In December’s Spotlight, we feature Vancouver Island’s Gabriel Forbes. He currently serves as the STC Canada West Coast chapter Coordinator for Vancouver Island. A senior technical writer who boasts a wide array of in-depth experience and leadership insight, Gabriel has worked with Trimble, MDA, and Sierra Systems, and is now with Victoria’s Reliable Controls. STC CWC is delighted to have him on board and get his take on the industry this month.
Question: What is your current work as a technical writer?
My current work takes me to Victoria, with Reliable Controls Corporation, a company specializing in technology that monitors and controls building heating, cooling, and other functions. The company started from grassroots as a local hardware engineering company, and is now competing in the international market with some very cool building controller technology. All of this activity requires a set of deliverables that run the gamut of online and print documentation, e-learning, videos, and social media components.
Question: What is your writing philosophy?
I see my role as a bridge between the design of complex products and their use in the real world. Another way of looking at it is like being an intermediary between two worlds: the world of the internal development team and the world of the end user. You have to understand both, and translate between them. If you can do this well, you can have a substantial, positive effect on your environment. That’s worthwhile in itself, but if I were to boil it down, I’d say my philosophy is continuous learning. It certainly helps that technical writing is a learning-rich environment.
Question: What was one of the most interesting project/s you have ever worked on?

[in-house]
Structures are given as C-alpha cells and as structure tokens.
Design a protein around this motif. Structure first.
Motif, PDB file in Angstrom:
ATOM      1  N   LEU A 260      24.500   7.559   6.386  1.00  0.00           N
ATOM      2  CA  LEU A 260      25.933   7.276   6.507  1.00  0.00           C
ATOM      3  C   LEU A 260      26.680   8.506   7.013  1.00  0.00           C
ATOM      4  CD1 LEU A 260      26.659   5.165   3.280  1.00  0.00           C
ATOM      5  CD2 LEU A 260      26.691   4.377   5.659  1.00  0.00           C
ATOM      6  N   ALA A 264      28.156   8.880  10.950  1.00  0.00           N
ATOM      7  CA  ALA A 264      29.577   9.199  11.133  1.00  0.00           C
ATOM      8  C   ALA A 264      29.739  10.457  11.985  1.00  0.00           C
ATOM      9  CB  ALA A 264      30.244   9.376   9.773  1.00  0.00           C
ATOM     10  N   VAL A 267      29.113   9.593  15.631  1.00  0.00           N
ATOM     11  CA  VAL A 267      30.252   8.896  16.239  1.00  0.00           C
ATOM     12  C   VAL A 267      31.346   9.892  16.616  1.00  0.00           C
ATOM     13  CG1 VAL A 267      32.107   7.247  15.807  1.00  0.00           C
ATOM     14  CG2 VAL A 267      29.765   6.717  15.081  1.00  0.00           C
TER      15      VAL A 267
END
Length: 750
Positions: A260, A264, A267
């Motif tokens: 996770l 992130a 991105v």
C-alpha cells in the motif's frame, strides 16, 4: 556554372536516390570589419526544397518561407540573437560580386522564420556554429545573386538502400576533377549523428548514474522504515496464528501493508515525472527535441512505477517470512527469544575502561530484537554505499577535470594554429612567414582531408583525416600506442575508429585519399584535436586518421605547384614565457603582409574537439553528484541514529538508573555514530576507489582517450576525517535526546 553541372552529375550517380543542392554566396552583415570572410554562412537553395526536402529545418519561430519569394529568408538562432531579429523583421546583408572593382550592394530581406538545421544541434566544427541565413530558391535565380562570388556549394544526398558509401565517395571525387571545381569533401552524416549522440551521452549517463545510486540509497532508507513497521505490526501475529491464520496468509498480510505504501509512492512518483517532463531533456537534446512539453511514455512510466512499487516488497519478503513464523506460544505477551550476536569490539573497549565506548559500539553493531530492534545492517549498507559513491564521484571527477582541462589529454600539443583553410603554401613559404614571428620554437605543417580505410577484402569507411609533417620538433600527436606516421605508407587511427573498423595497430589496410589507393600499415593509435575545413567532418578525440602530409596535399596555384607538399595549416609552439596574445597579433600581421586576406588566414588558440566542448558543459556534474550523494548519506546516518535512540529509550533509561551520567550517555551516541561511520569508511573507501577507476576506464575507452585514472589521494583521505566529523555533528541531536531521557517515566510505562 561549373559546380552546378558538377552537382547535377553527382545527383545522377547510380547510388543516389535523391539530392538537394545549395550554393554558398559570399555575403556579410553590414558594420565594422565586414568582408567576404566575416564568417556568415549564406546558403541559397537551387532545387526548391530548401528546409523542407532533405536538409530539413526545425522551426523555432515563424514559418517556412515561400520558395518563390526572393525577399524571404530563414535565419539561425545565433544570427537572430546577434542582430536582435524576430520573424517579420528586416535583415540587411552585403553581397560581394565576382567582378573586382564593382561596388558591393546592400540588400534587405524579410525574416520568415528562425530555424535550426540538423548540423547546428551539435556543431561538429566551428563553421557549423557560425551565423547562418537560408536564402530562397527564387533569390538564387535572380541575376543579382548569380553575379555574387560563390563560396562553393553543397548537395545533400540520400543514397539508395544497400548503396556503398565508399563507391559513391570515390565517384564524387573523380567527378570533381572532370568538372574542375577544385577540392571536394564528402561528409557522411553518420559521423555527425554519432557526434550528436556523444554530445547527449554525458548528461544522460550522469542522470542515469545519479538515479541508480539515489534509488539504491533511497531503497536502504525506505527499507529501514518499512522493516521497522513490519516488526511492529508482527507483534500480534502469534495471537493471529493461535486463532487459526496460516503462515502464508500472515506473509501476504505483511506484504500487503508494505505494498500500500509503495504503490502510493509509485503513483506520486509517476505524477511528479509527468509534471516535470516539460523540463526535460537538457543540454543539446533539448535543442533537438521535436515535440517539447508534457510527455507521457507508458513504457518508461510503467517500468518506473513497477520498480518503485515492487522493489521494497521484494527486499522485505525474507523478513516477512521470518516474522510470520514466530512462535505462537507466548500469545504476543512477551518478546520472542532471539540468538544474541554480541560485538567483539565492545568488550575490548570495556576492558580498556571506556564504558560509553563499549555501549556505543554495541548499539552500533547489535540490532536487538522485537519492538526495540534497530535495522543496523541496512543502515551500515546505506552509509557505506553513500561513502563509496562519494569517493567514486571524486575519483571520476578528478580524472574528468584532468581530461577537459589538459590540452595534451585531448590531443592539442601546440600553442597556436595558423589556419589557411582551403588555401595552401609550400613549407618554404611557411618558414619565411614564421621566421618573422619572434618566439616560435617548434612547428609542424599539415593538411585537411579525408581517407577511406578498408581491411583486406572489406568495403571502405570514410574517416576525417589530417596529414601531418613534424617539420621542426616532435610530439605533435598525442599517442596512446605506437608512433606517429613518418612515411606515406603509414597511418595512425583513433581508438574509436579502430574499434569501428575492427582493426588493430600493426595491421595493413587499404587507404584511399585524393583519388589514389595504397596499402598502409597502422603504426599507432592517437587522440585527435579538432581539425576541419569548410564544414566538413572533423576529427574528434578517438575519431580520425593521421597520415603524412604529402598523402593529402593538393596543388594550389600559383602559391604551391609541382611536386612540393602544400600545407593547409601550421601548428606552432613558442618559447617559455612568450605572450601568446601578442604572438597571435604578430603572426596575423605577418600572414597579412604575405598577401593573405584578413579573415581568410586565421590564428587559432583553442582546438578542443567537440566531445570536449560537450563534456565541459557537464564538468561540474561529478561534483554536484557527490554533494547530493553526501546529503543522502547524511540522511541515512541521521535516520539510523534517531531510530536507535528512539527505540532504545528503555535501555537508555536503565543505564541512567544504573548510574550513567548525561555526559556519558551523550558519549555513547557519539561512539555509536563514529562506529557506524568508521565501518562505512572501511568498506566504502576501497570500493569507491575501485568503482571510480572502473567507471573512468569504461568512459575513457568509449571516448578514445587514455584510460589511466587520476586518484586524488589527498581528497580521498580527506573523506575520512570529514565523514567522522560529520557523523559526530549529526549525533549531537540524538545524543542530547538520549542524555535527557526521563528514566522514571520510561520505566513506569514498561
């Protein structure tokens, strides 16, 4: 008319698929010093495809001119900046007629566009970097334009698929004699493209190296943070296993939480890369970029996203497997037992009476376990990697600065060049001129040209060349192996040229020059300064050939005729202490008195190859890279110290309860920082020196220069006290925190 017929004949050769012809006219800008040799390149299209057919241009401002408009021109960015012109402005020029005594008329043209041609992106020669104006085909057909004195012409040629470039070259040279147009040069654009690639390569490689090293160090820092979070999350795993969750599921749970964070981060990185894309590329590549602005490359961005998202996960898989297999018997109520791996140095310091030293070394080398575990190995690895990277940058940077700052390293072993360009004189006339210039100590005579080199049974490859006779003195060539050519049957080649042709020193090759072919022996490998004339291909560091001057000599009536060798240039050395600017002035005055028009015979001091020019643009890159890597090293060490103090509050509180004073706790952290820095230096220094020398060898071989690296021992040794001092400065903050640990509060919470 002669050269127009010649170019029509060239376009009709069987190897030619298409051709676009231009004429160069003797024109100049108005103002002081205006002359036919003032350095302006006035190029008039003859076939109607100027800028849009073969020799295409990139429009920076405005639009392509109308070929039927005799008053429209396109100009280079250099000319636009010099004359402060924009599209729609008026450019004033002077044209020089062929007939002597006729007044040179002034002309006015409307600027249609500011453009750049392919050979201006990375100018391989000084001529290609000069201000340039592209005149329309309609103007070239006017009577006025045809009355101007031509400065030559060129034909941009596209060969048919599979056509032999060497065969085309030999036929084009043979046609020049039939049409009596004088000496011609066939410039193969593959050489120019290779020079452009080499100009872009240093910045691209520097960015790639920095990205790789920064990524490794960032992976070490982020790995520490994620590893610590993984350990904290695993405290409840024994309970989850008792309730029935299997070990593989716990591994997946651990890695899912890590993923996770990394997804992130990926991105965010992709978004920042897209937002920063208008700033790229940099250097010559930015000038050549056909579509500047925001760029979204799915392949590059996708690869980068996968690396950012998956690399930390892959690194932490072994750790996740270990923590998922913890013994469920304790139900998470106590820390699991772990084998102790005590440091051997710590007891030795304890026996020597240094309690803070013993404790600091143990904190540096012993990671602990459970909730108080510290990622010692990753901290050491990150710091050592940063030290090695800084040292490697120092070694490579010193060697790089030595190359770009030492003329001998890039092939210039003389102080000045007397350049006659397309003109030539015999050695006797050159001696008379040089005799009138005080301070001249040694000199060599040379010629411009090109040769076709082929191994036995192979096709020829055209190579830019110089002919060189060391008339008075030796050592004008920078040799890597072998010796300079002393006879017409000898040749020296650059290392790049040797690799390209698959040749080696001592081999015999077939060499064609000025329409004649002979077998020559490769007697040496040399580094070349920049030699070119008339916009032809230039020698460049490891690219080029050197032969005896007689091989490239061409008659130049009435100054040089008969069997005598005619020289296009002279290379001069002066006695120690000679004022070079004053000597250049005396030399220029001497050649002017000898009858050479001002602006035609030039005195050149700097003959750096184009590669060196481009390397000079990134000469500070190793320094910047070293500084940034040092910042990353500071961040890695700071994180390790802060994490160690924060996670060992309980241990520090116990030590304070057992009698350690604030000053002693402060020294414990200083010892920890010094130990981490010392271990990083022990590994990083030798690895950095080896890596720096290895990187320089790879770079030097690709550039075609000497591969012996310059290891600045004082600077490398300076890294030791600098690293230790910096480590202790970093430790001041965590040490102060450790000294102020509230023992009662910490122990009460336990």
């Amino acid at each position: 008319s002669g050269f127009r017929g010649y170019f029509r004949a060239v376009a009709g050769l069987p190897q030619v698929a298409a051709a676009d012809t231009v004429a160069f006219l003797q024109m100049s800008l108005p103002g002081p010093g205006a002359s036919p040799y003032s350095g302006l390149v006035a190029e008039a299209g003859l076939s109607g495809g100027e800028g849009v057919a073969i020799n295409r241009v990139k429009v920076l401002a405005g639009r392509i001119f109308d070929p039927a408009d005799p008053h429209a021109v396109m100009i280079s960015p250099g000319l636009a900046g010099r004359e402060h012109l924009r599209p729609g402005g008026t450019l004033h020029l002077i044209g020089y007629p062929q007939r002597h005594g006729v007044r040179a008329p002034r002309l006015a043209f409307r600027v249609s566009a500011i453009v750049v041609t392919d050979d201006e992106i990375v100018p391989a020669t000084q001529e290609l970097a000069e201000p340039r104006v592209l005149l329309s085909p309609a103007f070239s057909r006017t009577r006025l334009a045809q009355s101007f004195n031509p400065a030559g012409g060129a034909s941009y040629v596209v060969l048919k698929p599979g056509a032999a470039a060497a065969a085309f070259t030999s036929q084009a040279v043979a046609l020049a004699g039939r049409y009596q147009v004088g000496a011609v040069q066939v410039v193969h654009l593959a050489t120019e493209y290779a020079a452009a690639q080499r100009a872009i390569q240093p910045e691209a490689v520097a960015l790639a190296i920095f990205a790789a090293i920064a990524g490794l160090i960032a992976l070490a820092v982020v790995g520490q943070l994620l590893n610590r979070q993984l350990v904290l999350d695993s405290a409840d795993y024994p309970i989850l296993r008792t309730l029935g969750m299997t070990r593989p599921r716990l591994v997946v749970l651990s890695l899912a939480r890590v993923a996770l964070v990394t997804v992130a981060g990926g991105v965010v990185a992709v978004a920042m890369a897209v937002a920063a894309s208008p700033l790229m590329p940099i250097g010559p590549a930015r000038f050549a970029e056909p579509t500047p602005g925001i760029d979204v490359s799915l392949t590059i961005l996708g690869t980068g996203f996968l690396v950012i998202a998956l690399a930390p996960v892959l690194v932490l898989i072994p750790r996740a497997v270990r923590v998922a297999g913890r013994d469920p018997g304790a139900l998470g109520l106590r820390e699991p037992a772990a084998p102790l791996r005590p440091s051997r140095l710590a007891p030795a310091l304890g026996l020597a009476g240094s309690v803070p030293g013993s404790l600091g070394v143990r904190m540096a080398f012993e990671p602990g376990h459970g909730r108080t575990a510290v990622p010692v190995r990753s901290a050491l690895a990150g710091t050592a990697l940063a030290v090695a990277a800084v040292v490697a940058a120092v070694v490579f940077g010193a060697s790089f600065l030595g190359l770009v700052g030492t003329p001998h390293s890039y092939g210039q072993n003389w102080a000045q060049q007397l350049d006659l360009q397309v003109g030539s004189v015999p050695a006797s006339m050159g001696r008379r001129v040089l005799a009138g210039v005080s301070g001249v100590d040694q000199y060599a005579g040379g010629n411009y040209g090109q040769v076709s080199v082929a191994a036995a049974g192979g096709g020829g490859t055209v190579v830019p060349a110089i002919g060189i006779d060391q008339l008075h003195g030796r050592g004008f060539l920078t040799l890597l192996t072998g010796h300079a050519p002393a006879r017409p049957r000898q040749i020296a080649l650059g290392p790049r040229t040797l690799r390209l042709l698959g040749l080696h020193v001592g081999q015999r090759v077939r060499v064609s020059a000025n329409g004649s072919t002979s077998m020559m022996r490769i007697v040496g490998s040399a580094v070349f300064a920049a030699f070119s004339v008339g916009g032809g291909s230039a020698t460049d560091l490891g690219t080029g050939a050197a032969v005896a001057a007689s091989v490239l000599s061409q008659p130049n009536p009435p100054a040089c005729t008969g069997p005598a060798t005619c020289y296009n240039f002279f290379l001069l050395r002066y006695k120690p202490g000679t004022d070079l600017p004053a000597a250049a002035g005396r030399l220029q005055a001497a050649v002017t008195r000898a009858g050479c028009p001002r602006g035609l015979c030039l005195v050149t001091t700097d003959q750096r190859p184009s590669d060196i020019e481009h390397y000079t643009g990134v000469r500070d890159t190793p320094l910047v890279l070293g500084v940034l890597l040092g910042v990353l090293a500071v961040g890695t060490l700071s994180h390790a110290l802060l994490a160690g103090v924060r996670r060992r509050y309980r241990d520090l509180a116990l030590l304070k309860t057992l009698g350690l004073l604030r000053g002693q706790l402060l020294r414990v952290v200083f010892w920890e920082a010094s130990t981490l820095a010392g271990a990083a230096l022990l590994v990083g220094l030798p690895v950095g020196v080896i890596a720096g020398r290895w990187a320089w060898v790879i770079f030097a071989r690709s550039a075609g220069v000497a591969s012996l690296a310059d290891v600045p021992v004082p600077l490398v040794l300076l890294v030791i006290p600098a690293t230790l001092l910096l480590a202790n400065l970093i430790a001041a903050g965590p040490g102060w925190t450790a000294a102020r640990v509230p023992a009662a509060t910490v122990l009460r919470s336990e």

My current position at Reliable Controls has some of the coolest projects I’ve been involved with. Besides the hardware technology aspect that appeals to my inner nerd, I’m also interested in the nature of the technology. Whether you call it Smart Buildings, Internet of Things, or Direct Digital Control, the latest batch of technology is moving us towards a more energy-efficient world. With 39% of CO2 emissions coming from buildings, smart building controllers can have a big impact on building efficiency, and the rate of climate change.
One of the latest products I’ve worked with is a wall-mounted building controller with a touch-sensitive screen that can control and monitor devices throughout your house, providing real-time feedback. Since it can be connected to the internet through wi-fi and accessed using your mobile device, it’s a lot more than your garden-variety thermostat. In putting the user guide together, I worked with hardware designers, electronics technicians, HVAC experts, firmware developers, software developers, UX experts, and graphic designers, among others.
The guide itself is written for HVAC equipment dealers, electricians, and end users. Working with each of these professionals is a lot of fun, and collectively working towards building energy-efficient products, that’s very satisfying.
Question: What skills should those interested in technical writing develop?
With online media shaping how documentation is created and delivered, it can be a huge benefit to spend time investigating current web technologies. Inevitably, web technologies profoundly affect our work as technical writers. For example, desktop publishing tools like Framemaker or Word can shield you from having to know about markup languages and CSS formatting. That is, until you have to publish online, or move to an HTML-based editor like Madcap Flare. Chances are, you’ll need those skills eventually. I believe this is the same with social media and video. Eventually it will deeply influence how we distribute our content, so as technical writers, we need to be on top of what our audiences want to see.
Question: What have you learned from volunteering with STC Canada West Coast?
How to make a difference with my profession. It’s inspiring to work with others willing to give up their free time towards the mutual benefit of the tech writing community.
Question: What advice would you give to those starting out as technical communicators?
When I started out, I benefitted a lot by reading technical content produced by others, and noting what made them good. Also, make yourself familiar with the Microsoft Manual of Style, Strunk and White, and the Chicago Manual of Style. These are basic tools of the trade.
Question: What are your outside interests?
I’m a creative person, and I dedicate time to practice something creative every day. What I practice has changed drastically over the years. Right now I’m building my chops as a rock drummer. I’ve also been known to play bass in salsa bands, do art installations, and run organic farms.